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"...public opinion deserves to be respected as well as despised" G.W.F. Hegel, 'Philosophy of Right'

Janine Haines: in memoriam « Previous | |Next »
November 29, 2004

Federal Parliament paid its respects and tributes to Janine Haines, the former Democrat leader, who died last week.

I'm currently reading her book Sufferage to Sufferance: 100 years of women in politics. In it she remarks that she once commented to a forum in 1990 that:

" has been my misfortunate lot over the last 25 years of my life to belong three of the most reviled, underrated and overworked professions in the world. In that time I had been, occassionally simultaneously, a mother, a teacher and a politician. If one of me wasn't being blamed for the problems of the world one of the others was."

She said that the response that greeted these throwaway lines indicated that she wasn't the only one in the room who occassionally felt put upon.

Haine's book is written within the enlightened liberal feminist tradition, and is primarily concerned with the discrimination, prejudice and hurdles women had to confront and fight to make their career in politics. It is concerned to vindicate the rights of woman.It's criticism is that Western society does not guarantee to women all the rights that it considers appropriate to the status of being human. So the argument is that the liberal principles of equality, freedom and equality of opportunity must be fully extended to women.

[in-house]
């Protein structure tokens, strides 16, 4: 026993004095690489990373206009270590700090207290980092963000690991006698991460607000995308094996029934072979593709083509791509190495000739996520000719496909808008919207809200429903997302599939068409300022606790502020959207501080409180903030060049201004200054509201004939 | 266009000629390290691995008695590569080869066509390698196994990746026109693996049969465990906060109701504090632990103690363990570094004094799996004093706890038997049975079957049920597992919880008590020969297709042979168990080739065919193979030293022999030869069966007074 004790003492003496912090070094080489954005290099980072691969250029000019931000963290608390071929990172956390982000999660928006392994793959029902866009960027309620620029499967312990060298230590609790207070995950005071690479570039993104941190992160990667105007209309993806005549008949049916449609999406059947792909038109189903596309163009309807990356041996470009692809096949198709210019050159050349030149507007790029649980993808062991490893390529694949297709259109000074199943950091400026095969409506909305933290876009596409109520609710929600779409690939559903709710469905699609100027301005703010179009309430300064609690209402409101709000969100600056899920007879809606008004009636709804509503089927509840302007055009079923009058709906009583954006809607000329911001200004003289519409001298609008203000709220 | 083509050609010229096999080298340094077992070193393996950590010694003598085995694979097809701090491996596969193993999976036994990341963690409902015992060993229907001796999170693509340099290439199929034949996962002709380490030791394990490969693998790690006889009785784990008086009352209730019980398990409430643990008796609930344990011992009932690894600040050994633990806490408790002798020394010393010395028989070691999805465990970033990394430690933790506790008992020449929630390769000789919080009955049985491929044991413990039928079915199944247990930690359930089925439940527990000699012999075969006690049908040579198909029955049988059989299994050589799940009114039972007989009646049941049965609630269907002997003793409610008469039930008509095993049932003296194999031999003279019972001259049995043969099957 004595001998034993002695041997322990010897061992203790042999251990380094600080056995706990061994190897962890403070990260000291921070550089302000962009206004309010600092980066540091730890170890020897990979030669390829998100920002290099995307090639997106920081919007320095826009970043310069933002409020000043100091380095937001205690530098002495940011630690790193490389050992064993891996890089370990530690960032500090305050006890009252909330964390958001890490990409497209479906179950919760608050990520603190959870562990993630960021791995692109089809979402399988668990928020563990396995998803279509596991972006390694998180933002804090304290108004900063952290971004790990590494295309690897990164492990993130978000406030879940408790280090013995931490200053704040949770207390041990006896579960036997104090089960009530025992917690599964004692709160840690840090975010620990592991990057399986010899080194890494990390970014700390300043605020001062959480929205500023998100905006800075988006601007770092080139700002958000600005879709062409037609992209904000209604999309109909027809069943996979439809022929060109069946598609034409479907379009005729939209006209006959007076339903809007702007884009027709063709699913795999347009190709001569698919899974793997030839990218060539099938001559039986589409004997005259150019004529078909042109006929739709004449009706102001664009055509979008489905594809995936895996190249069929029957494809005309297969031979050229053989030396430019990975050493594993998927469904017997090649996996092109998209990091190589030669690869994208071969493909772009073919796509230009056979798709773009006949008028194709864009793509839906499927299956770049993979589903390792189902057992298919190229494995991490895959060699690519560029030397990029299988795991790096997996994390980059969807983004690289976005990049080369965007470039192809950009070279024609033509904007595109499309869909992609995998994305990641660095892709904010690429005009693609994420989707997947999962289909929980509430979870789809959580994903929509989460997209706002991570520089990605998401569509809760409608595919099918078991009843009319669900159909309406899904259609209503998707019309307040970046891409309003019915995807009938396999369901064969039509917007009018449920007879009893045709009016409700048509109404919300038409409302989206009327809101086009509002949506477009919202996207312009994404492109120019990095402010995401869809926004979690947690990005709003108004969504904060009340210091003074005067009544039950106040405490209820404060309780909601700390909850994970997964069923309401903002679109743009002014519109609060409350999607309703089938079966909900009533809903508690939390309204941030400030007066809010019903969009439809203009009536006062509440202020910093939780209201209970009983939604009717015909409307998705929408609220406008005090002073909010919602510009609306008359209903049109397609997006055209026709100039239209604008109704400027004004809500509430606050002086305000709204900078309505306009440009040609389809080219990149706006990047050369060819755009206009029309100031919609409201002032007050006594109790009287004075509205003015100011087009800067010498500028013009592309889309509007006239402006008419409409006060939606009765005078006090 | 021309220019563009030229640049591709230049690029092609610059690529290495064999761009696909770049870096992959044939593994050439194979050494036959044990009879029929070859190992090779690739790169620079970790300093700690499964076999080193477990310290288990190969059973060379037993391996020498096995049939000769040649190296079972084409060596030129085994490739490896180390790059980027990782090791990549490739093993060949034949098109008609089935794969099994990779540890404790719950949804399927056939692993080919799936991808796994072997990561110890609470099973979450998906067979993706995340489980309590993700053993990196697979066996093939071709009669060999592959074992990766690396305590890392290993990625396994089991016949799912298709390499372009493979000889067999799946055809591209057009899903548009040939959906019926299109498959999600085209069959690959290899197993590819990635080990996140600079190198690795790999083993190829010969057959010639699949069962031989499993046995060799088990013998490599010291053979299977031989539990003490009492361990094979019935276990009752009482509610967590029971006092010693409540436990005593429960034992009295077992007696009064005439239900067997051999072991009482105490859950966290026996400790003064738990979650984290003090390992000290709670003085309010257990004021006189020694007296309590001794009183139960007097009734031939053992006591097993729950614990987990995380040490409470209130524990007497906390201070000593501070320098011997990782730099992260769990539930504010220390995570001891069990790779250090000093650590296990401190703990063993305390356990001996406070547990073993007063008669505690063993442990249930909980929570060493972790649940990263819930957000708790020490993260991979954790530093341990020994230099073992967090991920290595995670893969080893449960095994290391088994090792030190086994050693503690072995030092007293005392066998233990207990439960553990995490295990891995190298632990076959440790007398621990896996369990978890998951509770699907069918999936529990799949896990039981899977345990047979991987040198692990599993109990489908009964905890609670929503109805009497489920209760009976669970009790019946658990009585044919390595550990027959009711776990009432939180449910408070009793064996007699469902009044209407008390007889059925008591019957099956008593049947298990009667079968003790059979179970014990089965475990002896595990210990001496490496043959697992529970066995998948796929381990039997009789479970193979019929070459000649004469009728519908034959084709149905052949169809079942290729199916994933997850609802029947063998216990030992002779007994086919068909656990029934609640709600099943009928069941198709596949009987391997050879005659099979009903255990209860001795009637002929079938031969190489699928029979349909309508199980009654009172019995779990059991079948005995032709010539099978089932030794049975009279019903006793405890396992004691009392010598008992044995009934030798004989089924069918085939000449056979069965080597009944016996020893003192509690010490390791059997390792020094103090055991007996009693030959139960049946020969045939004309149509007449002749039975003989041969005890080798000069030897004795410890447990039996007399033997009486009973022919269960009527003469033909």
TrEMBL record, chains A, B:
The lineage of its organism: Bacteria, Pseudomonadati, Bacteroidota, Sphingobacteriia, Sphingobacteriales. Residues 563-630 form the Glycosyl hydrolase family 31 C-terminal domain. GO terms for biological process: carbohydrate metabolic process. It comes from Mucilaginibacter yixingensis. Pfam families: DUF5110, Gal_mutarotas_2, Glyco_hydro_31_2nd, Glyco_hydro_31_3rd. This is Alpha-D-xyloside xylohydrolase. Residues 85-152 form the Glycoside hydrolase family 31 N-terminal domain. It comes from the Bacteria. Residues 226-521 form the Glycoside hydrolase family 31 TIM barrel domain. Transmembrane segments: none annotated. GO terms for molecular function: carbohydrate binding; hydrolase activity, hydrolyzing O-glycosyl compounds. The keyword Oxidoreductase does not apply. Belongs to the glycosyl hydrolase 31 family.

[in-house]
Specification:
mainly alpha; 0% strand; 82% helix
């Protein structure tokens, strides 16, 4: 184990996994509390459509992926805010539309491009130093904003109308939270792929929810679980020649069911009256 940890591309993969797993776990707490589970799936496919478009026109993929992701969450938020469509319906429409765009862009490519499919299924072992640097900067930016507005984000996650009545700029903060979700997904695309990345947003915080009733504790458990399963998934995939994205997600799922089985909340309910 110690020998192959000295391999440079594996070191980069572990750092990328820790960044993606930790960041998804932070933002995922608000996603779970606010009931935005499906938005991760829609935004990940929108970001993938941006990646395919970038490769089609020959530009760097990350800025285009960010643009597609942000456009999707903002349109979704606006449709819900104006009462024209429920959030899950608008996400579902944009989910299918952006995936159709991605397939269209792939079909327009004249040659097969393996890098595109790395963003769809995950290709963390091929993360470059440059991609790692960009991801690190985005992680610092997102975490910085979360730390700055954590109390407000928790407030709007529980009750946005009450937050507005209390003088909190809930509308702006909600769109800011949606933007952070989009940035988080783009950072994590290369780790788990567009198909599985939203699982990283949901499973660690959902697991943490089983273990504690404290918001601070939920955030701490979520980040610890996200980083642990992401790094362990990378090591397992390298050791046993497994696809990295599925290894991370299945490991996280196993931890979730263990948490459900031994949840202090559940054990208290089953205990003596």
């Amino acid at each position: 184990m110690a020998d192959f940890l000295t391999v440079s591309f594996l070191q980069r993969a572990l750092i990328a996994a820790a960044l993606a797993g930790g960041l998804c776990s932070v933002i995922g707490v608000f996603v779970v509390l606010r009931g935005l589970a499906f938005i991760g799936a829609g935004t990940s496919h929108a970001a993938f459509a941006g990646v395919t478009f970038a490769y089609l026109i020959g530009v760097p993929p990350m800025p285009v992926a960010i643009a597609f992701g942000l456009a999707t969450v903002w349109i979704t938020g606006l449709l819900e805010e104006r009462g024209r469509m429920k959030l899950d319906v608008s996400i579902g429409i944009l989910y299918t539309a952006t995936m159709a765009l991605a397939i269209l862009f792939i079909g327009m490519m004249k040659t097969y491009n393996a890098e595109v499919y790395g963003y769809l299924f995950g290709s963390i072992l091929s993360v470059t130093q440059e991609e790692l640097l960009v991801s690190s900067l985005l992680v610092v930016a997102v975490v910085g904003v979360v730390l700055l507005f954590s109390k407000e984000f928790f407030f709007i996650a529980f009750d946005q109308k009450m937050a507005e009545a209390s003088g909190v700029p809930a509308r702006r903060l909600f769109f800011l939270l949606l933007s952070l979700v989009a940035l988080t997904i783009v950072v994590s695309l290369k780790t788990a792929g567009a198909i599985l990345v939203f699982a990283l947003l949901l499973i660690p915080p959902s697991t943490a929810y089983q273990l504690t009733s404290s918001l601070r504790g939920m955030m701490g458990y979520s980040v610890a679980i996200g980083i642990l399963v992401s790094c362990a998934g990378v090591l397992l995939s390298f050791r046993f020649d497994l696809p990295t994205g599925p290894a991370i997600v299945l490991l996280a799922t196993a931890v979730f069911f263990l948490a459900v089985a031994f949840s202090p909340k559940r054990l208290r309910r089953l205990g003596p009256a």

Hence Haine's encouragement and support for such measures as anti-discrimination and equal pay legislation in the hope that they will help to end the discrimination against women.

From I understand from listening to the various parliamentary tributes in the Senate Janine Haines was a social liberal, which is to be distinguished from the laissez-faire liberalism that re-emerged since the 1970s and 1980s as ‘market liberalism’ or ‘neo-liberalism’ or ‘economic rationalism’. Social liberalism works with the idea of the ethical state committed to the common good and equal opportunity. This is sthe tradtion of the 'fair go', which gave rise to the distinctively Australian institution of wage arbitration, and to other aspects of the welfare state such as public education and health, parks, unemployment benefits and pensions.

| Posted by Gary Sauer-Thompson at 5:31 PM | | Comments (0)